10 July 2007

Figure Review: 30mm Spencer Smith Dragoons

About a week ago, you’ll recall, my wife Sonja (the Grand Duchess of Stollen) presented me with a regiment of 30+ Spencer Smith cavalry (in the classic charge pose, seen at left above) plus two Holger Eriksson figure (the trumpeter and guidon bearer at right), following her return from two months in Berlin. After several days of admiring these beauties set up over on my painting/radio desk, it seems like a good idea to provide at least some review commentary on these figures. So, here we go.

To begin with, the Spencer Smith 18th century cavalry range is not entirely complete in that it generally lacks musicians and standard bearers. One can easily remedy this, though, by purchasing/using figures from the Great Northern War range of Holger Eriksson figures to plug the gap. Purists may balk, but it’s really not as bad as it might seem. In fact, there is little to no difference between the two ranges other than that the HE figures are somewhat more finely sculpted. But once your entire unit of cavalry is painted, these discrepancies will become virtually invisible to the uninitiated eye.


There is also a fair amount of flash to file or trim away from each Spencer Smith casting before base coating and painting can begin in earnest. That might put some people off, but it’s not that big a deal. Since I’ve worked extensively with plastic 1/72 figures in the last year, I can tell you that it’s much easier and faster to remove flash from the metal figures by comparison.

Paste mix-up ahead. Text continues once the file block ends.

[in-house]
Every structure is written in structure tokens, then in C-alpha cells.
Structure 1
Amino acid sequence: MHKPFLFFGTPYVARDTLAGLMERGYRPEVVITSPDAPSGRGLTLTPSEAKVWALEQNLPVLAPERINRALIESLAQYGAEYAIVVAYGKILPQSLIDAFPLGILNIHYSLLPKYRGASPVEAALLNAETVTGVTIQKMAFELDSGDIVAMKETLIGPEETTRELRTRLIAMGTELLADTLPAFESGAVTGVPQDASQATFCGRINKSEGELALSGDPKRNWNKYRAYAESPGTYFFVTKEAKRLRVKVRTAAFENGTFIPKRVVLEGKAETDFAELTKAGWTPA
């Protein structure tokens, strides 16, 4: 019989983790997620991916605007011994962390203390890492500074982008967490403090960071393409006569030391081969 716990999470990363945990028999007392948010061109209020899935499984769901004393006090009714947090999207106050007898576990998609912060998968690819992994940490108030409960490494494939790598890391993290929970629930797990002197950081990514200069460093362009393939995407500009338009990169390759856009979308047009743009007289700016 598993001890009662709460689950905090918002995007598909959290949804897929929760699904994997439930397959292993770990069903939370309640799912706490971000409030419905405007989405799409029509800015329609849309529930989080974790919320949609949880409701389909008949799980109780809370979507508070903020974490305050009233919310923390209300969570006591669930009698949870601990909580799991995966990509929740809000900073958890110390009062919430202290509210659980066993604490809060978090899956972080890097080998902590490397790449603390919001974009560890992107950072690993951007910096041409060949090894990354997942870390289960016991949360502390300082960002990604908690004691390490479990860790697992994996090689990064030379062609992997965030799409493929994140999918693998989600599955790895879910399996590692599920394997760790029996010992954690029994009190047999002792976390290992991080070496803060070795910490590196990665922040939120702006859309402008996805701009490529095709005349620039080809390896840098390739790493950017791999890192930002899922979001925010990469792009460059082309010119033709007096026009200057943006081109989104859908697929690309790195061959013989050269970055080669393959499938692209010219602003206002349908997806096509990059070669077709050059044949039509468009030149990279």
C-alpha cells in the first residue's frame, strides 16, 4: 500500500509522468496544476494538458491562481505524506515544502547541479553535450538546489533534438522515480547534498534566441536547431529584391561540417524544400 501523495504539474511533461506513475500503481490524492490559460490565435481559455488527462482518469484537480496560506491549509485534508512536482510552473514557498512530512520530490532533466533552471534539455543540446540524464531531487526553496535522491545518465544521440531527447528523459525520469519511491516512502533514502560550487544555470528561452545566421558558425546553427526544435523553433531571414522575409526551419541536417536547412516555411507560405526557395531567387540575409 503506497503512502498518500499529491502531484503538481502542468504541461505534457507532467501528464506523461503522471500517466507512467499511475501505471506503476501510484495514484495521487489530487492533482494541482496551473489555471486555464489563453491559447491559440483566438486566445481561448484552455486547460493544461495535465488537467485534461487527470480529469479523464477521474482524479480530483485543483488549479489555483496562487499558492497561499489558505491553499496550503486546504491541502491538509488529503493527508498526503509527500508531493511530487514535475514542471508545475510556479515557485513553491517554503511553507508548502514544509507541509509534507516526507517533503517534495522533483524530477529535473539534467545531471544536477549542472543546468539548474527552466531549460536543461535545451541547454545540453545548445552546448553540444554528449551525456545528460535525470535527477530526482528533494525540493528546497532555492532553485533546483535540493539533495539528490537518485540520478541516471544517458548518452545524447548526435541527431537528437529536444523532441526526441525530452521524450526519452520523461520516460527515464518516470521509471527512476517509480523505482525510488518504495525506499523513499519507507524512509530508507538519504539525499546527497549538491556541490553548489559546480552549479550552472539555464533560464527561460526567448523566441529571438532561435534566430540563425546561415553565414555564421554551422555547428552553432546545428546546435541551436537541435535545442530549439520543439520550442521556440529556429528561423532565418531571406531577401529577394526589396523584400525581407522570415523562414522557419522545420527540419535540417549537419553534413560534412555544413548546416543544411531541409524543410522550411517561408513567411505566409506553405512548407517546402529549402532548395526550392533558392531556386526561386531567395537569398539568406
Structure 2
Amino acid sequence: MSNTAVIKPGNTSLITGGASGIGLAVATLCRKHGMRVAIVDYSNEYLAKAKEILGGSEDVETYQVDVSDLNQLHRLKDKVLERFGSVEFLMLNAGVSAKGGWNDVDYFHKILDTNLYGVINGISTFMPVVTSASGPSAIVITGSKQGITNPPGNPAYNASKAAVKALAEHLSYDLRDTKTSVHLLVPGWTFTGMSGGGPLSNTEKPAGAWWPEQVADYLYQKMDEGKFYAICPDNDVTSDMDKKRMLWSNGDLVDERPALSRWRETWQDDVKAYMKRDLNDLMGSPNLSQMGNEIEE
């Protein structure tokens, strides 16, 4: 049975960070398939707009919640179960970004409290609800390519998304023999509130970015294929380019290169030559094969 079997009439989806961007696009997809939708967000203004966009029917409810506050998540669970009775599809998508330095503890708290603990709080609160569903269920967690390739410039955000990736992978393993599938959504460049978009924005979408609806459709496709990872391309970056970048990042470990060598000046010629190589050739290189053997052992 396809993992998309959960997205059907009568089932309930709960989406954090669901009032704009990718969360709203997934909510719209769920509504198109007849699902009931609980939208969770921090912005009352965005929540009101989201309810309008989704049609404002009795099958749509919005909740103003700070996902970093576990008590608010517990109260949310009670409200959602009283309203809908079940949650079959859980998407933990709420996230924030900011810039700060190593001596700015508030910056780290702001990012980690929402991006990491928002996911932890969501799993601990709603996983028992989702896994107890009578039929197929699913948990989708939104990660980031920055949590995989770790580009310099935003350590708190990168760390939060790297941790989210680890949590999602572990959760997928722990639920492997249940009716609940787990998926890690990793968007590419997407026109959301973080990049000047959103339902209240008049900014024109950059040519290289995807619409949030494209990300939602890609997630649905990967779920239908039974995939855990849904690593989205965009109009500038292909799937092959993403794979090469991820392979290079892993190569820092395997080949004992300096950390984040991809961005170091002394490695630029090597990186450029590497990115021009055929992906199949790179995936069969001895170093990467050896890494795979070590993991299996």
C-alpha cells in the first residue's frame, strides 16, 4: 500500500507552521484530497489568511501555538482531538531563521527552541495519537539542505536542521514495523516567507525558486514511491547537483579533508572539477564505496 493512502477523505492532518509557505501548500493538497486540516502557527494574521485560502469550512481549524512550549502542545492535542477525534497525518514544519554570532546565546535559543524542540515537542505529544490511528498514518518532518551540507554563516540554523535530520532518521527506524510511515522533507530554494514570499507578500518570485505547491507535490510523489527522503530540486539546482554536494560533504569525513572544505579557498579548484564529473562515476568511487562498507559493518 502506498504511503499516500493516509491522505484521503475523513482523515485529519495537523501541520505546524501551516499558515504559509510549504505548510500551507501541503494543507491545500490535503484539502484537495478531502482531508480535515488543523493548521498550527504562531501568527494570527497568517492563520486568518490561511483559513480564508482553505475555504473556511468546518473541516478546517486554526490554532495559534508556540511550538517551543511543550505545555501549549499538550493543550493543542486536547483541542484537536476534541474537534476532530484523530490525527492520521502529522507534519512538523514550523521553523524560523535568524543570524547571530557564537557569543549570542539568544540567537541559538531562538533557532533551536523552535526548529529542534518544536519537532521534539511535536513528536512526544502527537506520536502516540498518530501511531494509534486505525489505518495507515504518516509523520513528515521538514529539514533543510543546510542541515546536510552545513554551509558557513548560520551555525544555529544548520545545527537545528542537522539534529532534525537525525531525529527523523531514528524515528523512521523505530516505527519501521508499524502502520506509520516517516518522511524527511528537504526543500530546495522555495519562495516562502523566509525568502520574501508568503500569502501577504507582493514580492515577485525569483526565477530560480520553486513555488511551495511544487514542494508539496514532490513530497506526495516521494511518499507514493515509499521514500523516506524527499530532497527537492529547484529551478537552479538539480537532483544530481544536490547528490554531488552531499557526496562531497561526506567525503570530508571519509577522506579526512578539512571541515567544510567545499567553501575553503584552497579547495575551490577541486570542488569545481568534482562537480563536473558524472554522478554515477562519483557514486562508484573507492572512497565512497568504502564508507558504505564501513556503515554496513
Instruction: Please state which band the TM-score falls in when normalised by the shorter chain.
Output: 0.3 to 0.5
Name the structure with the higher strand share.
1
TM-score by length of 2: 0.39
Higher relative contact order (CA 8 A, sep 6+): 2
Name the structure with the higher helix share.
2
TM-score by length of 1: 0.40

Next, if you are a detail freak, Spencer Smith figures are not for you. Unlike more modern ranges of wargaming figures -- for example Foundry, Perry, Eureka, et al -- Spencer Smiths have little in the way belts/straps, pouches, buttons, lace, wrinkles on their garments, or fringe actually modeled on the figures. It’s up to each painter to decide how much detail he wants to paint in, or leave out. This also means that Spencer Smith figures do not suffer from detail that is over scale either. After all, would most of us really be able to see small brass buttons on the cuffs of a coat at 100 yards through clouds of black powder smoke?


This lack of minute detail might be frustrating to someone who likes to impart a Kevin Dallimore "layered" style of painting to his figures, complete with several shades of flesh of the face and hands. However, just think how rapidly you can get your figures to the table when there is no obligation to paint all of those buttons and buckles. The Spencer Smith figures lend themselves admirably to a simpler “block painting” style, which one can generally complete much more quickly than a more complex, layered type of paint job.